Attorney General Josh Kaul announced Wisconsin will join 16 other states and the District of Columbia in suing the federal government over immigration policy that could bar some international students from studying in the United States.
The policy prohibits international students from entering the country on student visas if their courses are held entirely online due to the pandemic.
“This unlawful policy pressures colleges and universities to provide in-person instruction regardless of whether it’s safe to do so and threatens to cause further harm to our economy,” Kaul said in a statement.
As universities face economic concerns in a pandemic-caused recession, international students–who often pay higher tuition rates–could present a lost economic and educational opportunity if they choose to miss out in the fall semester. According to the attorney general, international students account for as much as $189.6 million in tuition costs across five system campuses.
UW-Madison Chancellor Rebecca Blank said she would continue to advocate for international students and that the campus’s hybrid model of in-person and online education would allow international students to remain in the country.
“These students are valued members of our community, and we will continue to support and advocate for them,” she said.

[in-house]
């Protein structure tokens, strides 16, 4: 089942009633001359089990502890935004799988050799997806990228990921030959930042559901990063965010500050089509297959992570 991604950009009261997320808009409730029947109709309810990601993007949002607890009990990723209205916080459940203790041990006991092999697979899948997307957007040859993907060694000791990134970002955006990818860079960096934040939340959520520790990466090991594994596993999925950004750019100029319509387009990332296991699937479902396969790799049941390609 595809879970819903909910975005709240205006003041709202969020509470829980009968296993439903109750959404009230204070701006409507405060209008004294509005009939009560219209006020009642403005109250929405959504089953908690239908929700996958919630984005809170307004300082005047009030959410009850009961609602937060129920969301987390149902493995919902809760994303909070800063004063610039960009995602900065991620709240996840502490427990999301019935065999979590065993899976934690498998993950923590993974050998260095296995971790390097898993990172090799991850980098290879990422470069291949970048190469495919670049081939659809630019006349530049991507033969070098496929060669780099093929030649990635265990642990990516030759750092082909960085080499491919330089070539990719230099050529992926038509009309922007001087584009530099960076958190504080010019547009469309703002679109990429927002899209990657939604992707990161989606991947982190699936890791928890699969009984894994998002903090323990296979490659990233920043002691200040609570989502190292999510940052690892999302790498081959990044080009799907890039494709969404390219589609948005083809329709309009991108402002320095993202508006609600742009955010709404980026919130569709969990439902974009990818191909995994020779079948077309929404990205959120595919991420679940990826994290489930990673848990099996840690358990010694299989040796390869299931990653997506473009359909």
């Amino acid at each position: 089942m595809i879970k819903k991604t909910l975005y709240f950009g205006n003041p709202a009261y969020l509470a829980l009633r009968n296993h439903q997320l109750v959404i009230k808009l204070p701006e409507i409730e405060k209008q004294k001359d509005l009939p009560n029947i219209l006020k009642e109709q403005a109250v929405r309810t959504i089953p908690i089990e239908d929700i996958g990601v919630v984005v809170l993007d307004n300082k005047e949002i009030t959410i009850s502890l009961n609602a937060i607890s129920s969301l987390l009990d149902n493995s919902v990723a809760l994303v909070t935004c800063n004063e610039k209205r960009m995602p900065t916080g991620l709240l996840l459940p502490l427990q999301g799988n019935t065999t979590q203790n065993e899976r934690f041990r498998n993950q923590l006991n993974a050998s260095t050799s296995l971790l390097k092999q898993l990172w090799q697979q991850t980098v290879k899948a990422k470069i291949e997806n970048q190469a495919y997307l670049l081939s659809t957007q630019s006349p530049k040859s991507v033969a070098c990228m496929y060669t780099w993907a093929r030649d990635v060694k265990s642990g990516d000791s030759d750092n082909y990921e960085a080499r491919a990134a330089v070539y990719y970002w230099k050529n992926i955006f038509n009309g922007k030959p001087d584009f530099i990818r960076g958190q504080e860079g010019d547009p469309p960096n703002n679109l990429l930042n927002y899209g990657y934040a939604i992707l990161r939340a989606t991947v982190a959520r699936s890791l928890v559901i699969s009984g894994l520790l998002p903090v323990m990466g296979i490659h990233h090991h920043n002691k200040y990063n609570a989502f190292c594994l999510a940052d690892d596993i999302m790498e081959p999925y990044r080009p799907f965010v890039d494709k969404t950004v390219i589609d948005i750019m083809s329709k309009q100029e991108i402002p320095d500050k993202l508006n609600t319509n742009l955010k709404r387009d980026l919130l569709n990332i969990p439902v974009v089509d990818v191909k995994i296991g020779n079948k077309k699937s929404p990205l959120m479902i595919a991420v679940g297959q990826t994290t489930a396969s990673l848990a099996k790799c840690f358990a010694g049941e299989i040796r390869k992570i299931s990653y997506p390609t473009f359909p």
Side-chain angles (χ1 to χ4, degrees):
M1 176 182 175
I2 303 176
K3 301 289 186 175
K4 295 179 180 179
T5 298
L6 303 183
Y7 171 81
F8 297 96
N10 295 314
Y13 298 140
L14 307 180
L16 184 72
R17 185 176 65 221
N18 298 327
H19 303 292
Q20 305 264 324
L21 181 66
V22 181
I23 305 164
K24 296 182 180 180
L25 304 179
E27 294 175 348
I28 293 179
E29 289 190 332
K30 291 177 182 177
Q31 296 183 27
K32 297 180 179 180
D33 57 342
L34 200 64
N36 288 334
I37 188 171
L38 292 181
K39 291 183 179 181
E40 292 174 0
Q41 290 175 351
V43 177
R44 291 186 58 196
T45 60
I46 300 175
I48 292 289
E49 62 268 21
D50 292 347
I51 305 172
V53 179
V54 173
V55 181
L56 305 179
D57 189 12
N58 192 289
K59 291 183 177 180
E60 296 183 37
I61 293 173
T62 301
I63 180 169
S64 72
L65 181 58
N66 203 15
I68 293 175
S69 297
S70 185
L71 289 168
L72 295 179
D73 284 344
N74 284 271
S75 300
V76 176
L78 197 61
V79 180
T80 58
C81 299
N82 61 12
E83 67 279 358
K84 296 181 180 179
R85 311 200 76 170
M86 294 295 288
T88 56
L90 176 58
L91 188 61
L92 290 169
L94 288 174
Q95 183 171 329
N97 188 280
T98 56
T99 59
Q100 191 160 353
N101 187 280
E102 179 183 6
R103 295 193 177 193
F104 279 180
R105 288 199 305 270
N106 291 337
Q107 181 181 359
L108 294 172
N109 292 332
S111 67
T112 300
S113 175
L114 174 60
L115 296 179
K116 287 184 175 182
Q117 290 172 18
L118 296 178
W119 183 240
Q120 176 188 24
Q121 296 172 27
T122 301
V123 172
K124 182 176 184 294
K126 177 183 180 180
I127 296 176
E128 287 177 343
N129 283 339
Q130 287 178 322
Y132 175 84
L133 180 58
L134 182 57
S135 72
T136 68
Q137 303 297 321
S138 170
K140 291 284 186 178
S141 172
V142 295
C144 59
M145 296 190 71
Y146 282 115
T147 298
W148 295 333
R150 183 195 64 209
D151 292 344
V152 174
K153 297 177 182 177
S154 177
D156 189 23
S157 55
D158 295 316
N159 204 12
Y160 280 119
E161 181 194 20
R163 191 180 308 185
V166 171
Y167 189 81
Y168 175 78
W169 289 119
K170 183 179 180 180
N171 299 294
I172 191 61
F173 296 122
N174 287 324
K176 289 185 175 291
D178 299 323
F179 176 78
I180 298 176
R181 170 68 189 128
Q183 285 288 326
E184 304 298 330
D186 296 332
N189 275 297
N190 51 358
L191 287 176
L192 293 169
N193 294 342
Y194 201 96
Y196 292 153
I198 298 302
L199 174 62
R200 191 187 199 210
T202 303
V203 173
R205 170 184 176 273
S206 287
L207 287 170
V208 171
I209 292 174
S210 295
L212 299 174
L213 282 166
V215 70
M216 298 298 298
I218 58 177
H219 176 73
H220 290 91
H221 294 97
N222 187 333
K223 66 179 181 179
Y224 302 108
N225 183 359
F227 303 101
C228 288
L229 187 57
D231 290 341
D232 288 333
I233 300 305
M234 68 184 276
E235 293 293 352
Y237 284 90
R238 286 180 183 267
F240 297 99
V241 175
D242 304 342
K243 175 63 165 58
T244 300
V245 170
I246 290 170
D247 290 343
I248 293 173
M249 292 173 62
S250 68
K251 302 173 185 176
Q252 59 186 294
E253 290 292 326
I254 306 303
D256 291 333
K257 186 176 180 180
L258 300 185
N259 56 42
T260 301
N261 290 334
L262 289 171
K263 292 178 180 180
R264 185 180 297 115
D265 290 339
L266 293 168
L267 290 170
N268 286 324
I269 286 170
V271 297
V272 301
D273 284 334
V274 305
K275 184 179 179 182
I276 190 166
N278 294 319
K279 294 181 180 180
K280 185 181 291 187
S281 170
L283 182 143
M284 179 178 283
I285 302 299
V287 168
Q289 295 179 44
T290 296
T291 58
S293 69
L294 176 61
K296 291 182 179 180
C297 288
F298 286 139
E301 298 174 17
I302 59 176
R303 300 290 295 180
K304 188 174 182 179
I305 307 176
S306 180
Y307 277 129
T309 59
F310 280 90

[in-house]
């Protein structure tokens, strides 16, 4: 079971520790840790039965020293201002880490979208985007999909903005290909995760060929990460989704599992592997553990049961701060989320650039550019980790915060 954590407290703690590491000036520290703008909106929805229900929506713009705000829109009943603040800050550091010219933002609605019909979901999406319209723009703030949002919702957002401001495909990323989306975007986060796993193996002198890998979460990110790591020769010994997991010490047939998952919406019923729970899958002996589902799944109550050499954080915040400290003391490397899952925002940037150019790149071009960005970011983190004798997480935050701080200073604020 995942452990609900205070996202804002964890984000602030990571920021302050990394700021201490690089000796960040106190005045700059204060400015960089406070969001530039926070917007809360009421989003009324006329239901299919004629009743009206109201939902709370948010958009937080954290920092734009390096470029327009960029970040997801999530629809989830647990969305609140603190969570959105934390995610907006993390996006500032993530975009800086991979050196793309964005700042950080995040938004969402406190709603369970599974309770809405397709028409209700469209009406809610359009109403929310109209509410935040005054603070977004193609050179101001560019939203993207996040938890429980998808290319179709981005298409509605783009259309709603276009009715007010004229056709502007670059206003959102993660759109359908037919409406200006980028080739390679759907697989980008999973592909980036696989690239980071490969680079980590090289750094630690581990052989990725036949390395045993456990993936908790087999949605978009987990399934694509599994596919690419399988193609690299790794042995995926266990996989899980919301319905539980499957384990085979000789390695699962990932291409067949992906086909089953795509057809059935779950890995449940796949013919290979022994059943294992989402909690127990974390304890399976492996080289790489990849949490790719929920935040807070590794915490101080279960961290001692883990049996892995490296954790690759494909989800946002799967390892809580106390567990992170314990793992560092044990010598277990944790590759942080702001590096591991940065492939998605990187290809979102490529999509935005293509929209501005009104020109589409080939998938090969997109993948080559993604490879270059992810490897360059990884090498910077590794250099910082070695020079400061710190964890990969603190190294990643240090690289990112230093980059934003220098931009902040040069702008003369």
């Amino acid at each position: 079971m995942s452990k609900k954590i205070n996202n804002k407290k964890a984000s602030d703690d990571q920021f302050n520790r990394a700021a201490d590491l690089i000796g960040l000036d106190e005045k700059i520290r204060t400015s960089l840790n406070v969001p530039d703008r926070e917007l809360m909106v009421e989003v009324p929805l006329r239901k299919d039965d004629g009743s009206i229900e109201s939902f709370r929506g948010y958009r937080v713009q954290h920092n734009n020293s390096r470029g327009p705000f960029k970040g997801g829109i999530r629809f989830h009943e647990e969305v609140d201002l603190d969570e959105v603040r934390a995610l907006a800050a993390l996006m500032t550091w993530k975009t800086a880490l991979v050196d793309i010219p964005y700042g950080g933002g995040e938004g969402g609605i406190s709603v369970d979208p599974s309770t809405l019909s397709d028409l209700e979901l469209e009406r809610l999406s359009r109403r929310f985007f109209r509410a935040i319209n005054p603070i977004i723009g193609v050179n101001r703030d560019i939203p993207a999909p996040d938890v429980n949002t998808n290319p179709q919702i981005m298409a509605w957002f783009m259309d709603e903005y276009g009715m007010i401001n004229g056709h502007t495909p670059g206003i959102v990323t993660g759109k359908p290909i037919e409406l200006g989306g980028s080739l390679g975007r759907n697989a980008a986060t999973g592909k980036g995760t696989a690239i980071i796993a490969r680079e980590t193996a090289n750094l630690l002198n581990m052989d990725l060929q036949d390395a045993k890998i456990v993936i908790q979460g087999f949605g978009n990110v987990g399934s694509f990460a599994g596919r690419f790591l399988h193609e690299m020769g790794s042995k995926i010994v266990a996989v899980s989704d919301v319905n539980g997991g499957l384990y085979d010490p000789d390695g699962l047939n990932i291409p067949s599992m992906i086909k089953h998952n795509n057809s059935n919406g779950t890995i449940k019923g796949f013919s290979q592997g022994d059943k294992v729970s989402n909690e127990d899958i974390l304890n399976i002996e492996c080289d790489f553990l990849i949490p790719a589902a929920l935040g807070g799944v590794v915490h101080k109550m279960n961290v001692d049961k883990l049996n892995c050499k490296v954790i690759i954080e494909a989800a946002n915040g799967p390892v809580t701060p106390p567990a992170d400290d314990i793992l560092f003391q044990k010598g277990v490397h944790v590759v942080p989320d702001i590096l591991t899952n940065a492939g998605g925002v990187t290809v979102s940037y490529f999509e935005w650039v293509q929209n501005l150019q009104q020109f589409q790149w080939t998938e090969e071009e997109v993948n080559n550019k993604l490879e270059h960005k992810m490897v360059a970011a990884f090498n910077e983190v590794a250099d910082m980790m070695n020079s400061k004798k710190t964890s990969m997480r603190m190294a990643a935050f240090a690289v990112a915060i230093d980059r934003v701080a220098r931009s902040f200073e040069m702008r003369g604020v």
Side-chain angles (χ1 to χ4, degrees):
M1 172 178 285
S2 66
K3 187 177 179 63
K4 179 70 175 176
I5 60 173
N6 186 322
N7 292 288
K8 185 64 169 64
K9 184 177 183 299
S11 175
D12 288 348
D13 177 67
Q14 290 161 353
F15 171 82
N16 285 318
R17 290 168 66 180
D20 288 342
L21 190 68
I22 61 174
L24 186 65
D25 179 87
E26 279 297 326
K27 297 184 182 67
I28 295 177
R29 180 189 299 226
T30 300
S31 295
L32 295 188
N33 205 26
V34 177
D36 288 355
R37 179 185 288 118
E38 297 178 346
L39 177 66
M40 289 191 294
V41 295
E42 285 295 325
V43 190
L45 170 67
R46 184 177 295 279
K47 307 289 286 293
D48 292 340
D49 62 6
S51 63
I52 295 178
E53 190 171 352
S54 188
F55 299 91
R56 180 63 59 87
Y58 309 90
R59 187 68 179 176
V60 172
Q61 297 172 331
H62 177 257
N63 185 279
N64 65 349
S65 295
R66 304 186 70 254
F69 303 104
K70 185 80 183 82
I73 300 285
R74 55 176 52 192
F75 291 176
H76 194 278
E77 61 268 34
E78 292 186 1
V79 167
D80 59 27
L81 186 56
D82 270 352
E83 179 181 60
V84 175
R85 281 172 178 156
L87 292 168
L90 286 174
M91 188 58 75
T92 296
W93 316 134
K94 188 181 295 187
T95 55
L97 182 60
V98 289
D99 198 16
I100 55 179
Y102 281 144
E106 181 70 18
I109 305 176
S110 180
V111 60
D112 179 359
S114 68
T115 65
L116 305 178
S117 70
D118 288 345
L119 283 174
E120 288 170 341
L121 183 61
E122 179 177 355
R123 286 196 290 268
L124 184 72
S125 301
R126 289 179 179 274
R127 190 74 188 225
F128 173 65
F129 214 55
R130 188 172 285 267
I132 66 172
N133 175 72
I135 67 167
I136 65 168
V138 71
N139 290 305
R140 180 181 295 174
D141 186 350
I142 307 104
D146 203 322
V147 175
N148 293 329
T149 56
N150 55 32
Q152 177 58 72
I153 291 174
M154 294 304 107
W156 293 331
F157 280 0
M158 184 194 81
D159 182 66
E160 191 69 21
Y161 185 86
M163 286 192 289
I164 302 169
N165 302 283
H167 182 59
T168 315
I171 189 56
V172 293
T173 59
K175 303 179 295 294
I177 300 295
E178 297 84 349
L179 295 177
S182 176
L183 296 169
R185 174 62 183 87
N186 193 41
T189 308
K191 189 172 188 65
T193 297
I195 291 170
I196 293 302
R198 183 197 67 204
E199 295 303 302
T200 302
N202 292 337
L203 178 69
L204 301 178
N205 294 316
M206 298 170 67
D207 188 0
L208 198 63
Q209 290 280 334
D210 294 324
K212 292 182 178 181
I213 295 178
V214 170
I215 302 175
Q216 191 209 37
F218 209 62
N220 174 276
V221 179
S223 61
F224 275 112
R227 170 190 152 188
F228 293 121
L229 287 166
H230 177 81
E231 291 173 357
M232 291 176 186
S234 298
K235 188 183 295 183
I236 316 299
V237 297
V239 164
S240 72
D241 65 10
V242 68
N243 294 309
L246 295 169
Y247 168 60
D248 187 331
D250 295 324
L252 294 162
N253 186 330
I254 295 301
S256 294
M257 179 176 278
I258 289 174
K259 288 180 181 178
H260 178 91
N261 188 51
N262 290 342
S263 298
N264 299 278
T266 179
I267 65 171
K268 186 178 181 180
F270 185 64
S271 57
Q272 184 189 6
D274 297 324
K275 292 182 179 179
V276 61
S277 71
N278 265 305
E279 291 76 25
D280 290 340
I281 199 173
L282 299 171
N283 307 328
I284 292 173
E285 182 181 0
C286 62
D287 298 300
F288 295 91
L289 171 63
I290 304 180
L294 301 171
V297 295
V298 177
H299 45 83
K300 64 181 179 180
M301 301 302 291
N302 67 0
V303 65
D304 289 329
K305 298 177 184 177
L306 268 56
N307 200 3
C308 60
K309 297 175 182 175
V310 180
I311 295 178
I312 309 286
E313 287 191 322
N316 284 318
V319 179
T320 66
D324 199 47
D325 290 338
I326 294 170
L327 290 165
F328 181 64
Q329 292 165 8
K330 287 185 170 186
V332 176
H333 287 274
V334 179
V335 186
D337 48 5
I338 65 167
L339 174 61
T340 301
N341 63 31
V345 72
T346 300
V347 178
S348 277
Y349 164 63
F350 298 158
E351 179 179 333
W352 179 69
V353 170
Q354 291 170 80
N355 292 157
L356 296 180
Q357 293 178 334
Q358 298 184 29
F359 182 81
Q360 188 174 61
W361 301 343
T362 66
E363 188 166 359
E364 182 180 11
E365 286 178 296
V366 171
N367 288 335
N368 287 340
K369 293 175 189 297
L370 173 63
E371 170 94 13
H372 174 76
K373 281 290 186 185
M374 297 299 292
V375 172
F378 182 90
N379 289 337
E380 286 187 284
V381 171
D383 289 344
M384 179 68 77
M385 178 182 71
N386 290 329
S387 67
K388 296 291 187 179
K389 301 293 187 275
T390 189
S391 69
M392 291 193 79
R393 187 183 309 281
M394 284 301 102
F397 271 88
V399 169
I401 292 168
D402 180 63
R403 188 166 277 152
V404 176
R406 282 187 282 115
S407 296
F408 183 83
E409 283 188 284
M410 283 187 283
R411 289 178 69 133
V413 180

The university system announced in June that it would commit to having students on campuses in the fall with public health guidelines in place–like moving large lectures online.
The system’s new interim president, former governor Tommy Thompson, said in a statement Monday that he believes that the system’s hybrid education model would ensure international students could remain on campus if the new immigration rules are upheld.
“International students are welcomed here at the UW System. We fully support the Attorney General’s action today joining the lawsuit challenging the ICE rules regarding international students,” Thompson said.
According to a release from the attorney general’s office, the suit comes ahead of an August 4 deadline by which universities must certify that each international student’s coursework contains at least some in-person instruction. The civil complaint was filed Monday in federal court in Massachusetts.